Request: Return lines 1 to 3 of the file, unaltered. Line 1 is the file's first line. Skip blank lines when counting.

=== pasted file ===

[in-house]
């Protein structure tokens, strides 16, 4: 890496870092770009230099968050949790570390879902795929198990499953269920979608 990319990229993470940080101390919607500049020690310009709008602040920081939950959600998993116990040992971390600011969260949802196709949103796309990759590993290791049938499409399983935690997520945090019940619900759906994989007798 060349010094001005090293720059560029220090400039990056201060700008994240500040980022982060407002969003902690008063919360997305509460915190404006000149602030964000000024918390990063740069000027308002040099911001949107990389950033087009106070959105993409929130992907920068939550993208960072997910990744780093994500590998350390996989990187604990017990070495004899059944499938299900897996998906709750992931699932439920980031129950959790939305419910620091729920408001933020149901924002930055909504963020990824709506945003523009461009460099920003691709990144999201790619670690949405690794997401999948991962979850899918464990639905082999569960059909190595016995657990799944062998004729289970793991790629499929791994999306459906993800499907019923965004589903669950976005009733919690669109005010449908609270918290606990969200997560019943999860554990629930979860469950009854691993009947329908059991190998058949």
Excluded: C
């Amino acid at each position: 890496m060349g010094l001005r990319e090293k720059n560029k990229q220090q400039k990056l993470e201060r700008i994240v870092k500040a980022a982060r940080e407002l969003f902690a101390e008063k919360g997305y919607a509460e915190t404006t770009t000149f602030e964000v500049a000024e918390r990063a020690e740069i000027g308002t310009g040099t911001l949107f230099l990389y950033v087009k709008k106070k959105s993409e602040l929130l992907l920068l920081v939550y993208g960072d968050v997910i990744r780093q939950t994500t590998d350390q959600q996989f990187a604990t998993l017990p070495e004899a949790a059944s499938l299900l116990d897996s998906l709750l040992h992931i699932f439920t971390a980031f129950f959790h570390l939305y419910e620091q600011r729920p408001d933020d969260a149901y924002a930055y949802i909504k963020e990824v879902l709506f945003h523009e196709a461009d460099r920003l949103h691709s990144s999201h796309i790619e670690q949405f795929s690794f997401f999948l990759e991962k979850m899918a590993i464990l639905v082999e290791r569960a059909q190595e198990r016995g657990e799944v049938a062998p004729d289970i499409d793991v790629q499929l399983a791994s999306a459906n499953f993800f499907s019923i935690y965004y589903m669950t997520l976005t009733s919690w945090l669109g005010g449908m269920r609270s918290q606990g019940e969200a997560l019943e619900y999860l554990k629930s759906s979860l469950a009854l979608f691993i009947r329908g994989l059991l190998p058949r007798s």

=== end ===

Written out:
[in-house]
């Protein structure tokens, strides 16, 4: 890496870092770009230099968050949790570390879902795929198990499953269920979608 990319990229993470940080101390919607500049020690310009709008602040920081939950959600998993116990040992971390600011969260949802196709949103796309990759590993290791049938499409399983935690997520945090019940619900759906994989007798 060349010094001005090293720059560029220090400039990056201060700008994240500040980022982060407002969003902690008063919360997305509460915190404006000149602030964000000024918390990063740069000027308002040099911001949107990389950033087009106070959105993409929130992907920068939550993208960072997910990744780093994500590998350390996989990187604990017990070495004899059944499938299900897996998906709750992931699932439920980031129950959790939305419910620091729920408001933020149901924002930055909504963020990824709506945003523009461009460099920003691709990144999201790619670690949405690794997401999948991962979850899918464990639905082999569960059909190595016995657990799944062998004729289970793991790629499929791994999306459906993800499907019923965004589903669950976005009733919690669109005010449908609270918290606990969200997560019943999860554990629930979860469950009854691993009947329908059991190998058949």
Excluded: C